‘You can hear the roar of the river. You know it is coming’ – Limerick flooding victim

Donal O'Regan


Donal O'Regan



‘You can hear the roar of the river. You know it is coming’ – Limerick flooding victim

Robert McLoughlin at his home in Plassey

LYING in bed in his pretty fisherman’s hut in Plassey, Robert McLoughlin says he can hear the water coming.

“I have sleepless nights waiting for it to come. Lying inside in my bed you can hear the roar of the river flowing through the black bridge. You know it is coming. 

“We were holding it out when the ESB were releasing at 280 cumecs at Parteen Weir but when it went up to 315 cumecs that was the end of it then. I am now homeless for the third time in just over ten years,” said Robert.

His home flooded on Monday, February 24 with about 10 inches of water inside. Robert says it will be a month at least before he can get back in. He is staying with a friend.

Of the seven huts and cottages that are down there – well known by people who walk in University of Limerick – Robert says five are flooded that he knows of. The were built in the fifties. His father bought one in 1966.

“I was there the day he took possession of it – I was on his shoulders. They were there before the college. Since I started living there 12 years ago I’ve done it up into a house. It was a shack when I took it over from my father because it was neglected for years. I made a home out of it. I’ve spent between €25,000 and €30,000 in it. I can’t get flood insurance,” said Robert, who is an old pro at dealing with flooding at this stage.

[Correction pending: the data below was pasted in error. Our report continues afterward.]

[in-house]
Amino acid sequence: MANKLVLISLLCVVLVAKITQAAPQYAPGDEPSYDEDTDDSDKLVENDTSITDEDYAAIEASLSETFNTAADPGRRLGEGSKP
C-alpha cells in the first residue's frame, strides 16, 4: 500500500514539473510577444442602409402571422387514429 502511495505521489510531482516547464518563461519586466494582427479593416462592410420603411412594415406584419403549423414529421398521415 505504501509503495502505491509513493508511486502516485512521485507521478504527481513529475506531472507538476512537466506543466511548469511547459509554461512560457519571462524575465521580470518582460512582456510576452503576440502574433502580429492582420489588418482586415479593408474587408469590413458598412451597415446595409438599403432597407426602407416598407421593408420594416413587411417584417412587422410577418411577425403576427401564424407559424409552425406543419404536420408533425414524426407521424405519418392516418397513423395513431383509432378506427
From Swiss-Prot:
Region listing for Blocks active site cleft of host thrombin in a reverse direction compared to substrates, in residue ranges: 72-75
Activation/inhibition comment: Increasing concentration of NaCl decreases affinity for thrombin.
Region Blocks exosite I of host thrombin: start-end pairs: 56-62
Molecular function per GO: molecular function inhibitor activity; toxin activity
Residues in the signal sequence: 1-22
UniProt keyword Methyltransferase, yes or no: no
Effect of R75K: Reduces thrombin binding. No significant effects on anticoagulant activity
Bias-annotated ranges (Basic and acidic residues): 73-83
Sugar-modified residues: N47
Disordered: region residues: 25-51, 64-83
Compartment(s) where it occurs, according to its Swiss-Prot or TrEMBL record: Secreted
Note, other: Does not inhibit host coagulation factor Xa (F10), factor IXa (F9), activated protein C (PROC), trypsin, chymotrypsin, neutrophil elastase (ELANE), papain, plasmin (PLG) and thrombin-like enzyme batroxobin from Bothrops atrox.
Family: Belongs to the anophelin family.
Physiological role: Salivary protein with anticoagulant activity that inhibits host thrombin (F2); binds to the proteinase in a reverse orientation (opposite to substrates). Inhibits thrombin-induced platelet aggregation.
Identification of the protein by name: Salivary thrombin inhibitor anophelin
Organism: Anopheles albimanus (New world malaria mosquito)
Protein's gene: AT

“I have everything up high. When we got the texts that the water was going up I put everything up high. I have it all tiled specifically for this.

“I have to wait until this is all over before the damage can be assessed but I fear for the state of the walls on the front of the house as they are very old and I wonder how much more of this they can take. I am afraid they are beginning to crumble,” said Robert.

After he was flooded in 2015 / 2016, he got an industrial dehumidifier and lit the fire around the clock. Robert loves the location. “The best thing about being here is being so close to nature and this has always been the case,” he says

But nature has got far too close on three occasions and Robert says he is “browned off”.

“I love it here but I’m not getting any younger. We were told 10 years ago it was a one-off, then it happened five years ago and now it has happened again. We were lucky it didn’t happen last year. It was at the edge. 

“I would like to be rehoused. I’m 60 next month and I’m couch surfing,” said Robert.

He lays the blame for his home being flooded at the increase in building in UL, the ESB and the lack of dredging. There is a famous story of someone growing carrots on one of the sand banks in Plassey. 

“There is a cure for all this.  The ESB could see the weather forecast three weeks out. They could have that lake drained and be ready for all this. It is the water that they let off in Parteen. 

“There is no maintenance on the rivers. We should be asking politicians what have you done, not what are you going to do.

“There is never a word about our situation in Plassey in any news. I keep hearing about places upriver and the politicians showing their faces here and there, I am now homeless for the third time in just over ten years and think it’s about time someone highlighted my story of misery and disruption,” concluded Robert.

An ESB spokesperson said they can only manage the flow of water as it arrives at Parteen Weir. “The discharge from Lough Derg is restricted by the bottleneck in the outlet channel from the lake through Killaloe. The discharge through Killaloe to Parteen Weir can only be increased if Lough Derg rises. ESB cannot lower the level in Lough Derg prior to the flood.”